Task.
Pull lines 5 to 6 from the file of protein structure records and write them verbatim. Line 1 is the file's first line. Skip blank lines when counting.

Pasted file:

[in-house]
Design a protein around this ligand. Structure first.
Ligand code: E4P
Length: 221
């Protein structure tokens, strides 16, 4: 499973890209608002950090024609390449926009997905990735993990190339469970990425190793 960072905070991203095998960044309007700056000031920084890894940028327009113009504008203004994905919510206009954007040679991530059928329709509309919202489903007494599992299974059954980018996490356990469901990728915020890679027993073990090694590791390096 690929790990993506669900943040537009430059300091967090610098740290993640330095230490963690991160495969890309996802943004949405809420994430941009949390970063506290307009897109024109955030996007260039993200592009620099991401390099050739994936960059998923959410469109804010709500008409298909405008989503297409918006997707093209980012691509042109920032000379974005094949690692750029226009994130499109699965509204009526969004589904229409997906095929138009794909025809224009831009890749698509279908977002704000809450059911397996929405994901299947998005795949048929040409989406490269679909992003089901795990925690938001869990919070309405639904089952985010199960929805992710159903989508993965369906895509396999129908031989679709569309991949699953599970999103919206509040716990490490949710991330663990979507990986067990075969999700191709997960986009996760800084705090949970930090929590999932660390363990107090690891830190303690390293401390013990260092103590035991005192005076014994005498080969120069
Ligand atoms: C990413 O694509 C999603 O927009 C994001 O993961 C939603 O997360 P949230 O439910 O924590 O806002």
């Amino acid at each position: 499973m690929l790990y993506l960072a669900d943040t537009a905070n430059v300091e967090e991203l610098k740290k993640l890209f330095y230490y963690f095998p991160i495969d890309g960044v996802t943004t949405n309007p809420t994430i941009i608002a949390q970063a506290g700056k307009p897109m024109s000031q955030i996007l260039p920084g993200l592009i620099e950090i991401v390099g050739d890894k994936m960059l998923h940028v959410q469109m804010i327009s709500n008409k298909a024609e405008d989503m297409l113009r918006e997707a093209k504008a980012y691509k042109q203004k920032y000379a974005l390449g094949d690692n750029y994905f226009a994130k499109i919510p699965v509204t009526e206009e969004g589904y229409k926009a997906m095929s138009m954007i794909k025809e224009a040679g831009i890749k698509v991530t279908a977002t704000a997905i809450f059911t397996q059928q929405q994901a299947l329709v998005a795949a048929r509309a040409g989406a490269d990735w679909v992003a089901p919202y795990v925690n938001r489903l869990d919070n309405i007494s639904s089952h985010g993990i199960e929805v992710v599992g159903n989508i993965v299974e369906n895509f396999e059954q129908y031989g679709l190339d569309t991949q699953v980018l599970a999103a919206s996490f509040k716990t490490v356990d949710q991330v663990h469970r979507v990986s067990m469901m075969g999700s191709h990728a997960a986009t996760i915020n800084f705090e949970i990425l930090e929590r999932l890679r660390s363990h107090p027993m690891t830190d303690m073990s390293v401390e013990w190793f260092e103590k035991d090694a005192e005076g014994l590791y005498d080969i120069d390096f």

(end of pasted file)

């Protein structure tokens, strides 16, 4: 499973890209608002950090024609390449926009997905990735993990190339469970990425190793 960072905070991203095998960044309007700056000031920084890894940028327009113009504008203004994905919510206009954007040679991530059928329709509309919202489903007494599992299974059954980018996490356990469901990728915020890679027993073990090694590791390096 690929790990993506669900943040537009430059300091967090610098740290993640330095230490963690991160495969890309996802943004949405809420994430941009949390970063506290307009897109024109955030996007260039993200592009620099991401390099050739994936960059998923959410469109804010709500008409298909405008989503297409918006997707093209980012691509042109920032000379974005094949690692750029226009994130499109699965509204009526969004589904229409997906095929138009794909025809224009831009890749698509279908977002704000809450059911397996929405994901299947998005795949048929040409989406490269679909992003089901795990925690938001869990919070309405639904089952985010199960929805992710159903989508993965369906895509396999129908031989679709569309991949699953599970999103919206509040716990490490949710991330663990979507990986067990075969999700191709997960986009996760800084705090949970930090929590999932660390363990107090690891830190303690390293401390013990260092103590035991005192005076014994005498080969120069
Ligand atoms: C990413 O694509 C999603 O927009 C994001 O993961 C939603 O997360 P949230 O439910 O924590 O806002």